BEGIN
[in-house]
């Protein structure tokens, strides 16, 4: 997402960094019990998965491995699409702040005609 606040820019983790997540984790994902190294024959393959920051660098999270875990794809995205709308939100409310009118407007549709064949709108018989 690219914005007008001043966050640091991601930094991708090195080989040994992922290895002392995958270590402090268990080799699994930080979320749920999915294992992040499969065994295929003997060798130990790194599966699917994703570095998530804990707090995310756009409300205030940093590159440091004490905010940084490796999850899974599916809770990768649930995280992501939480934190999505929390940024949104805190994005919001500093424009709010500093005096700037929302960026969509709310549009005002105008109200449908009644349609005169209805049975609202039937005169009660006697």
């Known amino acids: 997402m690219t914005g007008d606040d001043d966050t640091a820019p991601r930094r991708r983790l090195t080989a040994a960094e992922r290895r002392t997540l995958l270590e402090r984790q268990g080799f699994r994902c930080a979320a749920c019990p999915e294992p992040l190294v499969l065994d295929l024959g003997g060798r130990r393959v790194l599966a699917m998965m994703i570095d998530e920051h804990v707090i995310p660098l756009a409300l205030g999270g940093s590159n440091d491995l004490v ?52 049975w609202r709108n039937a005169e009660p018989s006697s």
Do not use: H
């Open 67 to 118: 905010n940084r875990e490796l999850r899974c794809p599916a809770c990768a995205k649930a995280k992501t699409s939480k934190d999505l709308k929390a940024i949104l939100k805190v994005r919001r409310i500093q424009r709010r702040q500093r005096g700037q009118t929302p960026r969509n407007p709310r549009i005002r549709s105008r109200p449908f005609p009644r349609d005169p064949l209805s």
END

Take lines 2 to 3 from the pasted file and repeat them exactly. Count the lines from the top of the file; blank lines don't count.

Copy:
């Protein structure tokens, strides 16, 4: 997402960094019990998965491995699409702040005609 606040820019983790997540984790994902190294024959393959920051660098999270875990794809995205709308939100409310009118407007549709064949709108018989 690219914005007008001043966050640091991601930094991708090195080989040994992922290895002392995958270590402090268990080799699994930080979320749920999915294992992040499969065994295929003997060798130990790194599966699917994703570095998530804990707090995310756009409300205030940093590159440091004490905010940084490796999850899974599916809770990768649930995280992501939480934190999505929390940024949104805190994005919001500093424009709010500093005096700037929302960026969509709310549009005002105008109200449908009644349609005169209805049975609202039937005169009660006697």
């Known amino acids: 997402m690219t914005g007008d606040d001043d966050t640091a820019p991601r930094r991708r983790l090195t080989a040994a960094e992922r290895r002392t997540l995958l270590e402090r984790q268990g080799f699994r994902c930080a979320a749920c019990p999915e294992p992040l190294v499969l065994d295929l024959g003997g060798r130990r393959v790194l599966a699917m998965m994703i570095d998530e920051h804990v707090i995310p660098l756009a409300l205030g999270g940093s590159n440091d491995l004490v ?52 049975w609202r709108n039937a005169e009660p018989s006697s």